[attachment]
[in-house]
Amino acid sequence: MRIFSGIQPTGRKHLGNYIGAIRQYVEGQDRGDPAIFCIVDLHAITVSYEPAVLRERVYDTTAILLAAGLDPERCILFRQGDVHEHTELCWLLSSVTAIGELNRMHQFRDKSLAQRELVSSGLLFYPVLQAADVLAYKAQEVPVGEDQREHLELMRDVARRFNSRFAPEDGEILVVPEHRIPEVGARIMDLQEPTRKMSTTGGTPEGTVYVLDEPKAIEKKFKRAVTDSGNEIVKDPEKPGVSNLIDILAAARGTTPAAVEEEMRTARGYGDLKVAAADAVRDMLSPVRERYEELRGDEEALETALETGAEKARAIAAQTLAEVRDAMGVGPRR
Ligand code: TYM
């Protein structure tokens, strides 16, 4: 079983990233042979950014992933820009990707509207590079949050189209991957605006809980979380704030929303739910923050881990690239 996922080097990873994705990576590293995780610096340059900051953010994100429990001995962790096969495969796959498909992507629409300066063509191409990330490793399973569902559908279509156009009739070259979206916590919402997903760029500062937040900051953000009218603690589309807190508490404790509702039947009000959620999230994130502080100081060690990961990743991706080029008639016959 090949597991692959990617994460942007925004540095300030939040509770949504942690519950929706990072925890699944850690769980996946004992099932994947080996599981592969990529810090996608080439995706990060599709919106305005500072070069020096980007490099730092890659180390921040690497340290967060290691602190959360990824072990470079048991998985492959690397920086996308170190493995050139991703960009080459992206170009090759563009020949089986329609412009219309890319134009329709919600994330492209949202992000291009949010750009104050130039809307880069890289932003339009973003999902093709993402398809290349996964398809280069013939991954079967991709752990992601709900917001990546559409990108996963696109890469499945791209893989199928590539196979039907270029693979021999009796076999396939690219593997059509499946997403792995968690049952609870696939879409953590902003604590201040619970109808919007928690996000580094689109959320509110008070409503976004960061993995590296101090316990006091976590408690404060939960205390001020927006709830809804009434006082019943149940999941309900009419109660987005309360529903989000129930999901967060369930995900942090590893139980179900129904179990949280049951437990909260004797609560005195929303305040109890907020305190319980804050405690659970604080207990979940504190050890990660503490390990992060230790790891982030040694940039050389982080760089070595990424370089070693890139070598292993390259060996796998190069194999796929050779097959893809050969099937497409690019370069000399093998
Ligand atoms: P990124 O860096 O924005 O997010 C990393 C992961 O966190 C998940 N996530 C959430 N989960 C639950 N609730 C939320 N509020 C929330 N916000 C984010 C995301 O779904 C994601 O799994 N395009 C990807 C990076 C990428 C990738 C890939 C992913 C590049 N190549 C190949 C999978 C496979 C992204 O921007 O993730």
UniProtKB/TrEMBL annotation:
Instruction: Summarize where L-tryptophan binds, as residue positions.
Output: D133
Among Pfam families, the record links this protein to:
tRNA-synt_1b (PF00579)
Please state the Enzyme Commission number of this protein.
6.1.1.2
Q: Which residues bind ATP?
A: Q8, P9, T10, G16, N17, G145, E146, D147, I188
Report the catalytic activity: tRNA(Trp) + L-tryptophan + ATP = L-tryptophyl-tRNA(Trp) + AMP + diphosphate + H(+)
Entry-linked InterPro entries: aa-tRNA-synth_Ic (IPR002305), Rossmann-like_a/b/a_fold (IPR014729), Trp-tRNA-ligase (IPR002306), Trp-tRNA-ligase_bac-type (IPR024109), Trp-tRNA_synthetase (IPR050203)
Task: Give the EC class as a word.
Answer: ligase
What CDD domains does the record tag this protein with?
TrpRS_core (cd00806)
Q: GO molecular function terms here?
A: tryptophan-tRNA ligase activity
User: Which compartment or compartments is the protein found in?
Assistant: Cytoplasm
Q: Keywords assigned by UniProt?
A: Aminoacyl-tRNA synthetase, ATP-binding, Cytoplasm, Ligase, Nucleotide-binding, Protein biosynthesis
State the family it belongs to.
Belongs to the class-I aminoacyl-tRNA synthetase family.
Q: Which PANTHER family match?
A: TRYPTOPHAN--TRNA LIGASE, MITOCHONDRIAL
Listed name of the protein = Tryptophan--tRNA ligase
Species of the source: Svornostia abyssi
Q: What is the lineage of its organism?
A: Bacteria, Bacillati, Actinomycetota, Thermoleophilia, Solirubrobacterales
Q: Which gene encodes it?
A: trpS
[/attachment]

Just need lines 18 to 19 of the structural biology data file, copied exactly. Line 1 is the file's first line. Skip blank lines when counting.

Answer: ligase
What CDD domains does the record tag this protein with?